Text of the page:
In this article Bernard Klinc shows us his homemade PCB process. He gives step by step instructions with plenty of pictures. Bernard will receive a giveaway item of his choice from the hobby parts for articles project here at uCHobby.
We all know the fancy companies that make PCBs. The do make great quality boards but they will pretty much suck your wallet dry. Mostly they have a minimum order of 10 boards, even a single board may be expensive and it might take over a week for you to get the board. So they are a especially bad idea if you only want 1 board and you need it fast. So how to get around this problem? Well make your PCBs right at home of course!
First of all we need a few basic materials:
- Copper boards
- UV lamp
- Transparent foils
- Inkjet or laser printer
Now you may be worried how much this all is going to cost. Well the copper boards can be found at A4 sheet sizes for 4 or 5 € (It will take you forever to use up such a big board) Also you can buy boards that already have the photoresist applied to them, if not you can buy photoresist on a spray can and spray it on. That photoresist spray will set you back about 5 to 10 Euro and will last very long. The acid I use is ferric III chloride. You get about 1kg of the dry stuff for 6 € (It becomes acid when mixed with water and 1kg will make a LOT of acid). And the developer is dirt cheap 1.80€ got me 250 grams of NaOH, this will give you about 2 or 3 liters or developer when mixed with water (NaOH is very strong so it needs to be mixed with a lot of water). You probably already have Acetone at home, the most popular use for it is nail polish remover and you can buy it in any drug or hardware store. As for the transparent foils you can get that at any better office supply shop
Now the UV lamp is the tough part. Most photoresist reacts on UV-A and UV-B light. The typical UV lamp or so called black light used in a night club or something will have a filter that takes out the
UV-A and UV-B part of it, this is because that part of UV is dangerous. Without the filter people sitting under that UV light would get sun burn on the skin and eye damage if looking at the light for longer periods. UV-A light is so bad it even kills microorganisms. But I found a local electronics store sell these special unfiltered bulbs as replacement bulbs for the UV exposure boxes that they sell (too bad the exposure boxes cost like 300 to over 1000€) But the UV bulbs cost only 10 to 20€. I brought me one of those and mounted it in to the case of an old broken printer (BTW ripping apart a printer is the best for getting quite strong motors). Used a florescent light ballast to light up the UV bulb.
1) Create your PCB design using one of the many PCB design programs on the web. Personally I use Cadsoft Eagle, but you can use any program you want even MS Paint (No please no, don’t do a PCB with that)
2) Print your design on a transparent sheet. Set your printer to a high quality setting so it applies a thick coat of ink, that will make sure no UV light can get trough.
3) Apply and dry the photoresist on the board or if you have boards that already are coated then pull the protective foil off. Put your transparent sheet on top of the board and put a plane of plexy or glass on top of it all so it holds it still. Now just close your UV box and plug in the UV light. Leave it in there for about 3 to 15 minutes (Depends a lot on the photoresist you use and how powerful your lamp is, for me 10 minutes seems to work the best ) With the photoresist I use “Positive 20” the UV light makes the board turn blue but the tracks are green. Some photoresist coatings are transparent so you can’t see this.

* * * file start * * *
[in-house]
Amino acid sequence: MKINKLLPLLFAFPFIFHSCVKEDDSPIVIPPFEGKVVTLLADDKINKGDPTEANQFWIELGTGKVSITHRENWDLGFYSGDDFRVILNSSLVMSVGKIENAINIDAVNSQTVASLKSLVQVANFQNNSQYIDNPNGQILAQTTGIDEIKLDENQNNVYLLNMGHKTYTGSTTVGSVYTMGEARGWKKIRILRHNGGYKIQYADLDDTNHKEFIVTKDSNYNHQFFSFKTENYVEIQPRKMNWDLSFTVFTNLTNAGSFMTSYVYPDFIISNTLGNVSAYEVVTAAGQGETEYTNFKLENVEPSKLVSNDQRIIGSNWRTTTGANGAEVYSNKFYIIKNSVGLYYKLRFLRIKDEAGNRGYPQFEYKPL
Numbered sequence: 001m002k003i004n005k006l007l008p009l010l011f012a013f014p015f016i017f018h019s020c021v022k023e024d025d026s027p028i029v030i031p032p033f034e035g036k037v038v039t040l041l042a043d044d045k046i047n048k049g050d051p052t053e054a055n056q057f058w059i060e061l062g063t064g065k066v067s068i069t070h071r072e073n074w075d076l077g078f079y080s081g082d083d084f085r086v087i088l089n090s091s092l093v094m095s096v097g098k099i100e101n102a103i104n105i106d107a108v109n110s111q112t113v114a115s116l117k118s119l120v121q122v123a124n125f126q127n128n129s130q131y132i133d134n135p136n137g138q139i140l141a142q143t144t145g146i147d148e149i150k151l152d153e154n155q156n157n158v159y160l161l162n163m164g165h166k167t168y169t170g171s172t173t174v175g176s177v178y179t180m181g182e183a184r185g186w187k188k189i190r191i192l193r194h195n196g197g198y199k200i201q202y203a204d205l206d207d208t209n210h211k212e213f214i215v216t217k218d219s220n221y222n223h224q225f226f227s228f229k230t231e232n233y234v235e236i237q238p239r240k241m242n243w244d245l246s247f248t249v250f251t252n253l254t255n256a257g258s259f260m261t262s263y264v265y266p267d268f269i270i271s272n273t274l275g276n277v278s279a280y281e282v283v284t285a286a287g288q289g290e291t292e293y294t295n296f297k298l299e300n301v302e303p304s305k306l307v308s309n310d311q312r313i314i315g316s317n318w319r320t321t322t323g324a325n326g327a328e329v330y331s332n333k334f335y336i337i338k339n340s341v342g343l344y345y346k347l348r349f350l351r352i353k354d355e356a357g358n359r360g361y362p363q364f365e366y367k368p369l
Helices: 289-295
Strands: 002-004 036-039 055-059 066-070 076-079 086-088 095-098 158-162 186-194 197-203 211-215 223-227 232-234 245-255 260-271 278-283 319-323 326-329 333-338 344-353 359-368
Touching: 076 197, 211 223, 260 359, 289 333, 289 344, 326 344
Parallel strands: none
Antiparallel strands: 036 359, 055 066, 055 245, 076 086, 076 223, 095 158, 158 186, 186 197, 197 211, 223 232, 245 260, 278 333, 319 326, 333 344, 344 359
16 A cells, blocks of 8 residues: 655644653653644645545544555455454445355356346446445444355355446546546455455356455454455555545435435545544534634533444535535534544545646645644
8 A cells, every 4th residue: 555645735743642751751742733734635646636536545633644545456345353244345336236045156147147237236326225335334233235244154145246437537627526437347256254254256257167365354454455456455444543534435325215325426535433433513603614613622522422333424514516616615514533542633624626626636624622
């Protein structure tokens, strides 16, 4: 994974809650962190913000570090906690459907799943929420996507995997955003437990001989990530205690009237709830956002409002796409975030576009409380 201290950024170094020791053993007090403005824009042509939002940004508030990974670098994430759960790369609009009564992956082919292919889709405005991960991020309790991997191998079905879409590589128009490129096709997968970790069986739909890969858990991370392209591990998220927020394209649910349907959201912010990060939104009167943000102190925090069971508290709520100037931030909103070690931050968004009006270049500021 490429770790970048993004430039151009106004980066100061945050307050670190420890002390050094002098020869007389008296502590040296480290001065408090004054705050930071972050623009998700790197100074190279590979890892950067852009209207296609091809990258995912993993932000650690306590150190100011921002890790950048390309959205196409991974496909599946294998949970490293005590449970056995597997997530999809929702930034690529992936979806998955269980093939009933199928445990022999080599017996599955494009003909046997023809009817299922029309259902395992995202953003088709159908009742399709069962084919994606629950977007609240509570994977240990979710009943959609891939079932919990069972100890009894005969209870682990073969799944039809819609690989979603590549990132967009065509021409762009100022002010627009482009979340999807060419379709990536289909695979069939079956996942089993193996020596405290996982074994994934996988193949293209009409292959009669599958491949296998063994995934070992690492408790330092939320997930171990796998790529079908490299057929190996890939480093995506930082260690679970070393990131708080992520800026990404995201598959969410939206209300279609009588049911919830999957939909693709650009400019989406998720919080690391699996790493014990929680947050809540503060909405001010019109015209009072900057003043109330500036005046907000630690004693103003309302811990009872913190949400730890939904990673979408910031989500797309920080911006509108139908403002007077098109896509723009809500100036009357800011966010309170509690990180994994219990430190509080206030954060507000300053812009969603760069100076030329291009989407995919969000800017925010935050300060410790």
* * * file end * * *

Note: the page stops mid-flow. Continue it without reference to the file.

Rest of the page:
4) Developing the board is done in a water solution of NaOH. Basically the UV light made the photoresist weaker. So now the developer eats off the photoresist that got under UV. The developing is done when the copper is clearly visible agent. Like in the photo.
5) Now we wash the board and throw it in to the ferric chloride that we dissolved in water. This will take about 30 minutes at room temperature. Can be shortened down to 15 minutes if you agitate it. And down to 5 minutes if you heat it up to about 40 to 50°C
6) Now the board still has the photoresist on it making it look ugly and it’s not solderable, so we need to clean it off with acetone or a similar solvent. It comes of very easily (The clean part in the photo was done with a single gentle wipe). After cleaning the board is nicely shiny.
7) Now comes drilling. For this I use a 12V mini drill. It spins at 20 000 rpm so it’s great for PCBs. You can get tiny drill bits for PCBs at electronics stores the bit currently in there is only 0,8mm.
8) I can’t make a real silk screen but I can make something like the silkscreen. It’s simply printing out the component layer in eagle on a sheet of high q
uality paper and gluing it to the top of the board. Not only does the board look better it also helps you place components in the right spots
9) Finally solder the components on to the board and its done. (In case you didn’t figure it out by now this is a stereo audio amplifier)0
The PCB manufacture using this photo method may be a bit complicated but it creates incredibly precise results. It is possible to etch with the same precision your printer can print. Also it doesn’t cost a lot, you can easily get everything you need to make PCBs for under 50€. You won’t regret getting in to PCB making.